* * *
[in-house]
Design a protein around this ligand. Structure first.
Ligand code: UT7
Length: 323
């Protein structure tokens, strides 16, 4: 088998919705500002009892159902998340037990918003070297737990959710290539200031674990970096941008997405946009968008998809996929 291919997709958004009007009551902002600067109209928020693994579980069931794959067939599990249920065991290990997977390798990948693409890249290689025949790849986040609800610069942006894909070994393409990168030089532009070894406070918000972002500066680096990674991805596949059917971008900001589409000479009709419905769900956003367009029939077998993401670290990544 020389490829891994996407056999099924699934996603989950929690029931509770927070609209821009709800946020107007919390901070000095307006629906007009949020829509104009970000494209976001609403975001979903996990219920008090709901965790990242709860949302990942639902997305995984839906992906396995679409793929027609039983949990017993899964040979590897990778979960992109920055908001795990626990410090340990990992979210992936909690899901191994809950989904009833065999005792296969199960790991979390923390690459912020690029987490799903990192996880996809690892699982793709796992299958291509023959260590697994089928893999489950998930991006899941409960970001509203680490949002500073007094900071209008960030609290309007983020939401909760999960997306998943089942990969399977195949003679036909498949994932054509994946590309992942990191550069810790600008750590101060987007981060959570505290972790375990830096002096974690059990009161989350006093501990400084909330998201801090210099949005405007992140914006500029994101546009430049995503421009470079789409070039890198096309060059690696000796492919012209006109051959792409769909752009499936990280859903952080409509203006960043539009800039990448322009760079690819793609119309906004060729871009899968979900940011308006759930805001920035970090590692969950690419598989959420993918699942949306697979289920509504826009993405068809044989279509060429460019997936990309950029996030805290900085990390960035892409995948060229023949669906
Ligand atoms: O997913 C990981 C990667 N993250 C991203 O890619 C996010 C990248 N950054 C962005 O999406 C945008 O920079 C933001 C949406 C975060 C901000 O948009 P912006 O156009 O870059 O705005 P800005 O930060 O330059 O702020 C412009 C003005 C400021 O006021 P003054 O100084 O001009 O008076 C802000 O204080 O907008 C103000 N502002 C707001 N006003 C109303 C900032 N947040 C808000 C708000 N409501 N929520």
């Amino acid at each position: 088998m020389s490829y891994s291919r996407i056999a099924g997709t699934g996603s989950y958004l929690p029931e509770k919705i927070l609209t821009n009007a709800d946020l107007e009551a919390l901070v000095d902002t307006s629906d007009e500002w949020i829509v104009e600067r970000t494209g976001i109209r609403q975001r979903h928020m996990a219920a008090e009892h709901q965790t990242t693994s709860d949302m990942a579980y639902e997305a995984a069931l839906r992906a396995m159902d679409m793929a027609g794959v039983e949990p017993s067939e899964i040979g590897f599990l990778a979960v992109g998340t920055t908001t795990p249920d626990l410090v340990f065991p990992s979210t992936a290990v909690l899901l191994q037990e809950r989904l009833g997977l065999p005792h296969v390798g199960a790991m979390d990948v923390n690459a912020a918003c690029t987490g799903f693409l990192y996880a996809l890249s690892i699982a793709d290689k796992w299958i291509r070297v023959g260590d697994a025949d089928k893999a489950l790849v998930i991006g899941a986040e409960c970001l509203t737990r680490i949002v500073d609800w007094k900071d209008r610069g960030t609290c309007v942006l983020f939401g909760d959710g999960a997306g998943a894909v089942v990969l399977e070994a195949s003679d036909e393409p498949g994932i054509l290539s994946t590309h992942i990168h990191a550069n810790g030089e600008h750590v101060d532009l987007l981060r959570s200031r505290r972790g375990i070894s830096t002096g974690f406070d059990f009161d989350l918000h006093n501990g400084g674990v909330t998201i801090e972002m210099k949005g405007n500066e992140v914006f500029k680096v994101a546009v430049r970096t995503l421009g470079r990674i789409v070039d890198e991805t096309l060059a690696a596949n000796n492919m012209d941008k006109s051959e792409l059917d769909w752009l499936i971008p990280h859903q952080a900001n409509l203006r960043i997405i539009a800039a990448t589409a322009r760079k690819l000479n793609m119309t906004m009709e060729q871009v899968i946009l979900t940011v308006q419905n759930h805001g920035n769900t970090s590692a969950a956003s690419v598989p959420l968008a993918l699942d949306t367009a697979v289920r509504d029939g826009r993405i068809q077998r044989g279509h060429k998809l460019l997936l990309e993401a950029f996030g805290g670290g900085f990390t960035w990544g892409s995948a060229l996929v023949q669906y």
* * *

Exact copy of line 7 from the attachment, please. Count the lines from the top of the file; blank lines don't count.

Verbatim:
């Amino acid at each position: 088998m020389s490829y891994s291919r996407i056999a099924g997709t699934g996603s989950y958004l929690p029931e509770k919705i927070l609209t821009n009007a709800d946020l107007e009551a919390l901070v000095d902002t307006s629906d007009e500002w949020i829509v104009e600067r970000t494209g976001i109209r609403q975001r979903h928020m996990a219920a008090e009892h709901q965790t990242t693994s709860d949302m990942a579980y639902e997305a995984a069931l839906r992906a396995m159902d679409m793929a027609g794959v039983e949990p017993s067939e899964i040979g590897f599990l990778a979960v992109g998340t920055t908001t795990p249920d626990l410090v340990f065991p990992s979210t992936a290990v909690l899901l191994q037990e809950r989904l009833g997977l065999p005792h296969v390798g199960a790991m979390d990948v923390n690459a912020a918003c690029t987490g799903f693409l990192y996880a996809l890249s690892i699982a793709d290689k796992w299958i291509r070297v023959g260590d697994a025949d089928k893999a489950l790849v998930i991006g899941a986040e409960c970001l509203t737990r680490i949002v500073d609800w007094k900071d209008r610069g960030t609290c309007v942006l983020f939401g909760d959710g999960a997306g998943a894909v089942v990969l399977e070994a195949s003679d036909e393409p498949g994932i054509l290539s994946t590309h992942i990168h990191a550069n810790g030089e600008h750590v101060d532009l987007l981060r959570s200031r505290r972790g375990i070894s830096t002096g974690f406070d059990f009161d989350l918000h006093n501990g400084g674990v909330t998201i801090e972002m210099k949005g405007n500066e992140v914006f500029k680096v994101a546009v430049r970096t995503l421009g470079r990674i789409v070039d890198e991805t096309l060059a690696a596949n000796n492919m012209d941008k006109s051959e792409l059917d769909w752009l499936i971008p990280h859903q952080a900001n409509l203006r960043i997405i539009a800039a990448t589409a322009r760079k690819l000479n793609m119309t906004m009709e060729q871009v899968i946009l979900t940011v308006q419905n759930h805001g920035n769900t970090s590692a969950a956003s690419v598989p959420l968008a993918l699942d949306t367009a697979v289920r509504d029939g826009r993405i068809q077998r044989g279509h060429k998809l460019l997936l990309e993401a950029f996030g805290g670290g900085f990390t960035w990544g892409s995948a060229l996929v023949q669906y």